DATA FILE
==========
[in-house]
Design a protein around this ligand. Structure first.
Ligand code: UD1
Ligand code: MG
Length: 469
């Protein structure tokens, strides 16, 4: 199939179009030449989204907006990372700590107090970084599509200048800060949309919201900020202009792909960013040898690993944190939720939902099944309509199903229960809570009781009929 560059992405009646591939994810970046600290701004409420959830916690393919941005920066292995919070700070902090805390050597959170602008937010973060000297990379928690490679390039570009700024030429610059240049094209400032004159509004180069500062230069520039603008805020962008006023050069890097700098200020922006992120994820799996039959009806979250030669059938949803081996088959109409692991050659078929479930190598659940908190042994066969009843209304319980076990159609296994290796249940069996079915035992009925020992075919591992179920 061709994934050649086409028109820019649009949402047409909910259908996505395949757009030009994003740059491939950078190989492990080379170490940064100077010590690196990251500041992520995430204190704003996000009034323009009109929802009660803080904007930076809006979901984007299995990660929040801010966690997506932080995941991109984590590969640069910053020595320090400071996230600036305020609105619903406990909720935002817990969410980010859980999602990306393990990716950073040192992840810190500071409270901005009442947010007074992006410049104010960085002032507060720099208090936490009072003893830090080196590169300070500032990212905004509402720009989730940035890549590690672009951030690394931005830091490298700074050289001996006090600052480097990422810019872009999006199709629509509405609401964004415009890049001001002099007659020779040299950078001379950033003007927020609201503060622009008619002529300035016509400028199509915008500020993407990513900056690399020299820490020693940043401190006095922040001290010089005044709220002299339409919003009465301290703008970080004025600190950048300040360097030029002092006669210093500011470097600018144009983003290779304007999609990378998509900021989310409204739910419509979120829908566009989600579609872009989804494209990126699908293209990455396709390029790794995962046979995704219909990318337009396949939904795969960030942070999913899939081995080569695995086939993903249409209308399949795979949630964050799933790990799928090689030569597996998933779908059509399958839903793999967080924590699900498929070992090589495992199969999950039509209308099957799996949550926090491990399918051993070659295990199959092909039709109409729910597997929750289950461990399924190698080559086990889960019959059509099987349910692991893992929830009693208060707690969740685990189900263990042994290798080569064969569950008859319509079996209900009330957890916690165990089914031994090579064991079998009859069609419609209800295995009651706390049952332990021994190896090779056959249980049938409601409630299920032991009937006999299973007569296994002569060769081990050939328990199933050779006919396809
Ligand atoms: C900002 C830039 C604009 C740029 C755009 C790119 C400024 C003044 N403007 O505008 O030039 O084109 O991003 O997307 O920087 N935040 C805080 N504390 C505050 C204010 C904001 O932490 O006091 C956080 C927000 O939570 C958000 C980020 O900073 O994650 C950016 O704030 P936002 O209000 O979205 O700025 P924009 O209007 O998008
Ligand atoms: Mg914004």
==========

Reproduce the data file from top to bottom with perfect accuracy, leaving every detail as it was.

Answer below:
[in-house]
Design a protein around this ligand. Structure first.
Ligand code: UD1
Ligand code: MG
Length: 469
């Protein structure tokens, strides 16, 4: 199939179009030449989204907006990372700590107090970084599509200048800060949309919201900020202009792909960013040898690993944190939720939902099944309509199903229960809570009781009929 560059992405009646591939994810970046600290701004409420959830916690393919941005920066292995919070700070902090805390050597959170602008937010973060000297990379928690490679390039570009700024030429610059240049094209400032004159509004180069500062230069520039603008805020962008006023050069890097700098200020922006992120994820799996039959009806979250030669059938949803081996088959109409692991050659078929479930190598659940908190042994066969009843209304319980076990159609296994290796249940069996079915035992009925020992075919591992179920 061709994934050649086409028109820019649009949402047409909910259908996505395949757009030009994003740059491939950078190989492990080379170490940064100077010590690196990251500041992520995430204190704003996000009034323009009109929802009660803080904007930076809006979901984007299995990660929040801010966690997506932080995941991109984590590969640069910053020595320090400071996230600036305020609105619903406990909720935002817990969410980010859980999602990306393990990716950073040192992840810190500071409270901005009442947010007074992006410049104010960085002032507060720099208090936490009072003893830090080196590169300070500032990212905004509402720009989730940035890549590690672009951030690394931005830091490298700074050289001996006090600052480097990422810019872009999006199709629509509405609401964004415009890049001001002099007659020779040299950078001379950033003007927020609201503060622009008619002529300035016509400028199509915008500020993407990513900056690399020299820490020693940043401190006095922040001290010089005044709220002299339409919003009465301290703008970080004025600190950048300040360097030029002092006669210093500011470097600018144009983003290779304007999609990378998509900021989310409204739910419509979120829908566009989600579609872009989804494209990126699908293209990455396709390029790794995962046979995704219909990318337009396949939904795969960030942070999913899939081995080569695995086939993903249409209308399949795979949630964050799933790990799928090689030569597996998933779908059509399958839903793999967080924590699900498929070992090589495992199969999950039509209308099957799996949550926090491990399918051993070659295990199959092909039709109409729910597997929750289950461990399924190698080559086990889960019959059509099987349910692991893992929830009693208060707690969740685990189900263990042994290798080569064969569950008859319509079996209900009330957890916690165990089914031994090579064991079998009859069609419609209800295995009651706390049952332990021994190896090779056959249980049938409601409630299920032991009937006999299973007569296994002569060769081990050939328990199933050779006919396809
Ligand atoms: C900002 C830039 C604009 C740029 C755009 C790119 C400024 C003044 N403007 O505008 O030039 O084109 O991003 O997307 O920087 N935040 C805080 N504390 C505050 C204010 C904001 O932490 O006091 C956080 C927000 O939570 C958000 C980020 O900073 O994650 C950016 O704030 P936002 O209000 O979205 O700025 P924009 O209007 O998008
Ligand atoms: Mg914004």